The number of qualified medical evaluators resolve disputes over California workers’ compensation claim issues fell 20 percent between January 2012 and September 2017, according to a new California Workers’ Compensation Institute study.
However, the CWCI study shows that the impact on QME accessibility was partially offset by an increase in the median number of office locations per QME, which doubled over the same period.
The study also notes that after climbing steadily from 2007 through 2014, the average payment per med-legal service leveled off in 2015 and 2016, with data from the first half of 2017 suggesting the average may now be declining.
The study compares data from the list of physicians certified by the state as QMEs in 2012 to the certified QME list from September 2017, identifying the number of providers, their specialties, their addresses and their number of office locations.
- The number of QMEs fell by 20 percent from 3,239 physicians in 2012 to 2,578 as of September 2017, as 1,244 physicians discontinued their certification, while 398 were added to the QME list.
- Over that same period, the median number of office locations per QME rose from one to two, so despite the 20 percent drop in the number of certified QMEs the total number of evaluation locations only declined 14 percent.
- Most job injury claims involve musculoskeletal injuries, so orthopedists provided more than half of all medical-legal services in both 2012 and 2017 even though they represented only one-in-six QMEs in both years. In contrast, one-in-five QMEs was a chiropractor, but they only accounted for 5.1 percent of med-legal services in 2012 and 6.7 percent in 2017.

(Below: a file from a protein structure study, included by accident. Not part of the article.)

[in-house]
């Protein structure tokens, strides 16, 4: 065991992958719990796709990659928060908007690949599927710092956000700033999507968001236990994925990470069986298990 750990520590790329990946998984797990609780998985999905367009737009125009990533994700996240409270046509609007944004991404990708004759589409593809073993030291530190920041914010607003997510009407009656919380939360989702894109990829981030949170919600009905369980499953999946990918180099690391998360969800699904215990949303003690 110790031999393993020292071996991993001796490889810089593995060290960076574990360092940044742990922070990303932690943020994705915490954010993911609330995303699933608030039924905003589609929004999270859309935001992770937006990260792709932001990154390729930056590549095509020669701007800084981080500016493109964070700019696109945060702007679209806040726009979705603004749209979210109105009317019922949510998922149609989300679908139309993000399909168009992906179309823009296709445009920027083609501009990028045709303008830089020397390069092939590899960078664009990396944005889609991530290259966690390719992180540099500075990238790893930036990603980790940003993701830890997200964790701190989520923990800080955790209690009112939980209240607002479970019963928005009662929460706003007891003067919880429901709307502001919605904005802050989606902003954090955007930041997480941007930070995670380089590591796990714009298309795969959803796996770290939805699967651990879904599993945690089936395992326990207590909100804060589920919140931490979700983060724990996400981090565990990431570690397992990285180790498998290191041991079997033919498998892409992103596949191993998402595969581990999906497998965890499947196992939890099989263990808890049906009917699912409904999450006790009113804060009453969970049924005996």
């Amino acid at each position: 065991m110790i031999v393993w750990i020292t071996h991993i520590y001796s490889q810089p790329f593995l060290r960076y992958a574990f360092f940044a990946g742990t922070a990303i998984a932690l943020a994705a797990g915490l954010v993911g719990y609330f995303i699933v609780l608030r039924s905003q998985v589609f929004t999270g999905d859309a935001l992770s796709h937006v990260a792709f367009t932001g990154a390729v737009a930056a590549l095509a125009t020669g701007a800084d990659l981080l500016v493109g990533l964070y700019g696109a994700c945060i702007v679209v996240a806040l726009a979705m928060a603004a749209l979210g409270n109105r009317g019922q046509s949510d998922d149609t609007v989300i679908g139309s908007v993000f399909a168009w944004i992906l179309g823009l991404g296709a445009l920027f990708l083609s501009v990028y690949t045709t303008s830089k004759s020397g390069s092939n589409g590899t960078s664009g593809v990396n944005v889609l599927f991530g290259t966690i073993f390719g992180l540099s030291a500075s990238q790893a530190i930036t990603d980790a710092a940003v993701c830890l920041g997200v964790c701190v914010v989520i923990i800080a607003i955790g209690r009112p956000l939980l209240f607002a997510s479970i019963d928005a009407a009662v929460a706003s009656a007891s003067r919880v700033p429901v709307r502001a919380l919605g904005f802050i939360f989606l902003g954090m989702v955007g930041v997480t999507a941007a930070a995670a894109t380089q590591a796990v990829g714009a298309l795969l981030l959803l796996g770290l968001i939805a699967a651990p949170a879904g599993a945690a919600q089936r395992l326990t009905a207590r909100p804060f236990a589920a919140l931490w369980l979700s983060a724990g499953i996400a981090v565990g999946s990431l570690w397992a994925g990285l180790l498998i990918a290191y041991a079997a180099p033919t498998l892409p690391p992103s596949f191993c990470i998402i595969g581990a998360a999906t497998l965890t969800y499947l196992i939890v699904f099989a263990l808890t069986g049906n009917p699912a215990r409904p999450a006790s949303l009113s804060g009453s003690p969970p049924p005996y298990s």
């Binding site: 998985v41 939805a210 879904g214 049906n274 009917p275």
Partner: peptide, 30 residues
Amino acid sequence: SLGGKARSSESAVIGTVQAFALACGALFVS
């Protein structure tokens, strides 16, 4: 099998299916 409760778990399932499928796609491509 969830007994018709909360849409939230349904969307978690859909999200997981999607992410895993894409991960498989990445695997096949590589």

- In 2012 and 2017 orthopedic surgeons, spine specialists or chiropractors, or mental health specialists provided more than 70 percent of all med-legal services. More than 85 percent of injured workers who requested med-legal services from one of these specialties had access to five or more QMEs in those specialties within a 30-mile radius of their home.
- 2007 was the first full year under a revised fee schedule that introduced new time-based billing codes for med-legal testimony and supplemental evaluations. Between 2007 and June 2017, the average amount paid for time-based supplemental evaluations more than doubled and the average paid for time-based supplemental reports rose 162 percent.
Despite the increases in the average amounts paid for time-based services, average payments for med-legal services overall leveled off in 2015 and 2016 and declined in 2017. The study links the recent change in the med-legal payment trend to a shift in the mix of services, as the results show that since 2015, less expensive basic reports and supplemental reports have represented a larger share of all med-legal services, while more detailed and costly comprehensive evaluations have accounted for a dwindling share.
The study, including additional background, graphics and analyses, is available in the CWCI research section.
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